Alternatively, type ‘cmd’ in the search box and open “Command Prompt” from the result.
Type the following command ‘systeminfo.exe’ and press Enter.
Scroll down to the bottom of the generated system details and under the “Hyper-V Requirements” you will find “Virtualization Enabled In Firmware: Yes”
If the virtualization feature is disabled you need to enable it in the BIOS settings to be able to use Windows Sandbox.
Simply restart your PC and once the brand logo appears press the “F2” or the applicable key depending on your computer model to enter the BIOS settings. Look for “Virtualization” and follow the on-screen guide to activate it.
Once the machine restarts, repeat the above process to confirm that it is enabled.
Step 3: Enable Windows Sandbox
Search for "Windows features" in the search box and select the "Turn Windows features on or off" option.
Scroll down the Windows features window and click to tick the box for Windows Sandbox.
Click the "Ok" button to apply the changes and then restart the machine when prompted.
Step: Launch Windows Sandbox in Windows
Go to the Windows Start menu and scroll down the programs list to locate “Windows Sandbox”.
Click it to open and wait for Windows 10 to load the virtual OS.
The feature will load as a clean installation of the current host machine Windows 10 version allowing you to test any app or adventure potentially risky websites freely.
How to Use Windows Sandbox
You can navigate and operate the Sandbox environment the same way as any Windows 10 PC.
If you want to test an application, copy the installer from the computer storage and switch to Windows Sandbox and paste.
Double click the .exe file to start the installation and follow the normal installation.
You can also use the Microsoft Edge browser to download the software or visit any website.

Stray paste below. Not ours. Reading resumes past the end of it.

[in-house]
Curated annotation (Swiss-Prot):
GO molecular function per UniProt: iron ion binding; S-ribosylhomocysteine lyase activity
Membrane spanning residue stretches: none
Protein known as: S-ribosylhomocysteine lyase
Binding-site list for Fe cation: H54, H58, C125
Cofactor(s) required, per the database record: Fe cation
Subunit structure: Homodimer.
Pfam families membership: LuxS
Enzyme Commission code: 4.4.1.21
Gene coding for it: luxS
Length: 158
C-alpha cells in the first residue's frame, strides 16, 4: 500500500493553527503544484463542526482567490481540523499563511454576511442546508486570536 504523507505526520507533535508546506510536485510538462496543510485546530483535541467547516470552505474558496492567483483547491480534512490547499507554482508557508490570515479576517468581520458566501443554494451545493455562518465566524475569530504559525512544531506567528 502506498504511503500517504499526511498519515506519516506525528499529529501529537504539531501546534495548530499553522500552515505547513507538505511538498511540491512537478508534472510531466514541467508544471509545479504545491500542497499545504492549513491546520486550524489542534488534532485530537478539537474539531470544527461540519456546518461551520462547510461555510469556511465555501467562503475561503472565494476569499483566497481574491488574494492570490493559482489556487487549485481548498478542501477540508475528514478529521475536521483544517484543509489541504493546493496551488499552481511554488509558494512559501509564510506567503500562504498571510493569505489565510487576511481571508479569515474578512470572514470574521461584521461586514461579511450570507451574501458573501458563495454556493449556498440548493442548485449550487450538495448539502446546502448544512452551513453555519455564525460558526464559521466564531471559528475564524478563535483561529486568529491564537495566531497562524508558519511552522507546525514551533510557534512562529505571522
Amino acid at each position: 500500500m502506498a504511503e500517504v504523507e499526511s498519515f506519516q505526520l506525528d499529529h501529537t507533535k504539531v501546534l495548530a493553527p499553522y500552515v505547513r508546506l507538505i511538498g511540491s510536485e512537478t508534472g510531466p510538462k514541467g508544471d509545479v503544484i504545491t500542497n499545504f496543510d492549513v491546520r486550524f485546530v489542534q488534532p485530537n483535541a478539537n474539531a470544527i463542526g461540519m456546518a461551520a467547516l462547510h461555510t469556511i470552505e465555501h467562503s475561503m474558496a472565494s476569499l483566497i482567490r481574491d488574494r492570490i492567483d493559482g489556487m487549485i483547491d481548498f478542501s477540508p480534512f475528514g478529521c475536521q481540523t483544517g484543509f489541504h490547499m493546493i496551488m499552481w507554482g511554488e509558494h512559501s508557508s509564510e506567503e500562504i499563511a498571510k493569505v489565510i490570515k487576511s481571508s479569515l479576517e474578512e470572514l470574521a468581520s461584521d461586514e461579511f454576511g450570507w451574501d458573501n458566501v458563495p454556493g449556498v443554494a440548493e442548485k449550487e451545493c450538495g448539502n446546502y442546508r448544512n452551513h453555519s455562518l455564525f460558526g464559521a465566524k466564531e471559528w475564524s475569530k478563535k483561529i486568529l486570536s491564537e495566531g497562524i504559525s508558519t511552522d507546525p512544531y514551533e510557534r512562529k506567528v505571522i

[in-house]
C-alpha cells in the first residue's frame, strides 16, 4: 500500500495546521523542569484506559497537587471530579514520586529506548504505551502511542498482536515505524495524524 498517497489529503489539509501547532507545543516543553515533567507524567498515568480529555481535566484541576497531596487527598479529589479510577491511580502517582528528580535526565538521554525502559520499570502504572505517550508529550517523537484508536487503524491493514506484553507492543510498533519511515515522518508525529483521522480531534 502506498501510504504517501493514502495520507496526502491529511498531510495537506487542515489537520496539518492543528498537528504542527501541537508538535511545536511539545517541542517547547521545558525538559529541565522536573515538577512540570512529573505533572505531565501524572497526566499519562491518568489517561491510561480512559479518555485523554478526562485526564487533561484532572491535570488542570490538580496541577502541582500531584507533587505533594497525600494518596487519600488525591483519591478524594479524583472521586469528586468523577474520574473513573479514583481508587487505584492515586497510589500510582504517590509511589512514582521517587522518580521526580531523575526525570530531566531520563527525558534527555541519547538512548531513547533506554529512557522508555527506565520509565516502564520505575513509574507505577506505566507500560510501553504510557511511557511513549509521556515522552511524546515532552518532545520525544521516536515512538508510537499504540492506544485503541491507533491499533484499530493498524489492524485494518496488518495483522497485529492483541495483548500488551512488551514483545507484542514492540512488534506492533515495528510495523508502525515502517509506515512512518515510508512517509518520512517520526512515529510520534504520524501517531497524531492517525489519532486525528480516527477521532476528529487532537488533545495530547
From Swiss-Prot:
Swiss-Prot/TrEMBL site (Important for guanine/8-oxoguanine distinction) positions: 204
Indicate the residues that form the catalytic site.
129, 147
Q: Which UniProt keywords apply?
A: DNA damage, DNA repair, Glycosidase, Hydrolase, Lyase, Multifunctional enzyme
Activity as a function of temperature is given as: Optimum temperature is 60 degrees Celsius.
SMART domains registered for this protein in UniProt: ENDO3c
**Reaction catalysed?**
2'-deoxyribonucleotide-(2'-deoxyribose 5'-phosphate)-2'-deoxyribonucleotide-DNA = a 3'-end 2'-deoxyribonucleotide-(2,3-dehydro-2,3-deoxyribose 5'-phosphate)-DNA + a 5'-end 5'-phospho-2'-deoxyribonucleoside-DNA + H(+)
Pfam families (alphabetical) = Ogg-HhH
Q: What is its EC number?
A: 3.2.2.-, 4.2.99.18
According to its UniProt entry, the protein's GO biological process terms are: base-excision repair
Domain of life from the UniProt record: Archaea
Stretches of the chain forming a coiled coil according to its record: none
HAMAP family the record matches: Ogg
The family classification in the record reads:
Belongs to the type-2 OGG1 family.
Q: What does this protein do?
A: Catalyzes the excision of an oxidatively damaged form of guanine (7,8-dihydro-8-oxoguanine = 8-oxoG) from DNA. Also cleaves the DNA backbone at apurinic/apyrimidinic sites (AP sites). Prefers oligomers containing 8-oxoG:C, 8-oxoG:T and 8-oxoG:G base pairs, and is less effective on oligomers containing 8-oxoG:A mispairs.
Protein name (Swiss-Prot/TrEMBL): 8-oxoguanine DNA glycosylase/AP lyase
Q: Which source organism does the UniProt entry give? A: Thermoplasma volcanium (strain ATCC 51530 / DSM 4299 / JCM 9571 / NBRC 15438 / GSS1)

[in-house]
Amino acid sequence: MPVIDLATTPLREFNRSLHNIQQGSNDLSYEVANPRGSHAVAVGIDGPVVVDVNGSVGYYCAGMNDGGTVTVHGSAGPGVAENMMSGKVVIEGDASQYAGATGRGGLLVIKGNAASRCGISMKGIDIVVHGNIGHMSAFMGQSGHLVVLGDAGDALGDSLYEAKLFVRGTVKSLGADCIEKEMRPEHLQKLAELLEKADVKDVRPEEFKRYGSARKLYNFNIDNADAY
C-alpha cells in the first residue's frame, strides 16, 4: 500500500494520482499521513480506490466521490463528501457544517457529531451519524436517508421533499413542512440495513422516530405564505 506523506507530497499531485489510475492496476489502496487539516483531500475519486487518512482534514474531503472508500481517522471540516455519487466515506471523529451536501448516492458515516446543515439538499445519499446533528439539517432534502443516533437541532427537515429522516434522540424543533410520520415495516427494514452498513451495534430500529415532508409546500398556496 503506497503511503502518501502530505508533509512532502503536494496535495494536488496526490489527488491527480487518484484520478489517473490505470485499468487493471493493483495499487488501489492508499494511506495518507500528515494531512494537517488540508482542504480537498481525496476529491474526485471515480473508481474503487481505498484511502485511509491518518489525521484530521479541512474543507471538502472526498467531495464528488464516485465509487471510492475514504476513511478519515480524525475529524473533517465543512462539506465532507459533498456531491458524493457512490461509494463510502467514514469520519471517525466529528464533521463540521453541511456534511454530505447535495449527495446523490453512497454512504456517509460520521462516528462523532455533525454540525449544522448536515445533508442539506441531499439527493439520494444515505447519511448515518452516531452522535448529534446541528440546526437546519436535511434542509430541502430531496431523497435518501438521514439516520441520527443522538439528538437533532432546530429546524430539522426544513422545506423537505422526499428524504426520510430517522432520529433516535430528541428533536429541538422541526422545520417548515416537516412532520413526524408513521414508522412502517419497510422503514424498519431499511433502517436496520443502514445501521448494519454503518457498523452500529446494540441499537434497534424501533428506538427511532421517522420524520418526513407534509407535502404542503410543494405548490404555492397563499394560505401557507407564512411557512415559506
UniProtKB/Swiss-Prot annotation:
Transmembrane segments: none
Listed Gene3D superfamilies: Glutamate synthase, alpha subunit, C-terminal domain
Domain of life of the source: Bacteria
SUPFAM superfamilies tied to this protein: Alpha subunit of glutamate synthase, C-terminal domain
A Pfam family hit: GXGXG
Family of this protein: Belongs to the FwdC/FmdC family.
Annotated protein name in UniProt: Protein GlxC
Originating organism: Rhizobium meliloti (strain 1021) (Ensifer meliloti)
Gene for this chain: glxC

To switch between the Windows Sandbox Full and Restore-down screen view, click the restore button located at the top of the screen or press the 'Ctrl + Shift + Pause/Break' keys on the keyboard.
Once you are done testing the software or exploring websites, click the “x” button to close the Sandbox window.
You will get a warning prompt to confirm the action. Click “Ok” to close <Image: ConfirmAction.png>.
Note that once you close the virtual OS, nothing remains in your machine. All the files and installed apps are deleted permanently and when you open Sandbox again it will create a new instance.
Windows Sandbox is an interesting Windows 10 feature that has been specifically designed to enable users to test suspicious software without interfering with your operating systems.
It is also a handy tool for software developers and testers as it helps to identify compatibility issues and other potential bugs to ensure that the final product will run seamlessly in Windows 10.
If you want to run software or visit a website that you don't trust, the above guide shows you how to create a safe environment for your experiments. Impressively, the feature runs smoothly on minimal hardware and loads apps faster just as in a newly installed OS.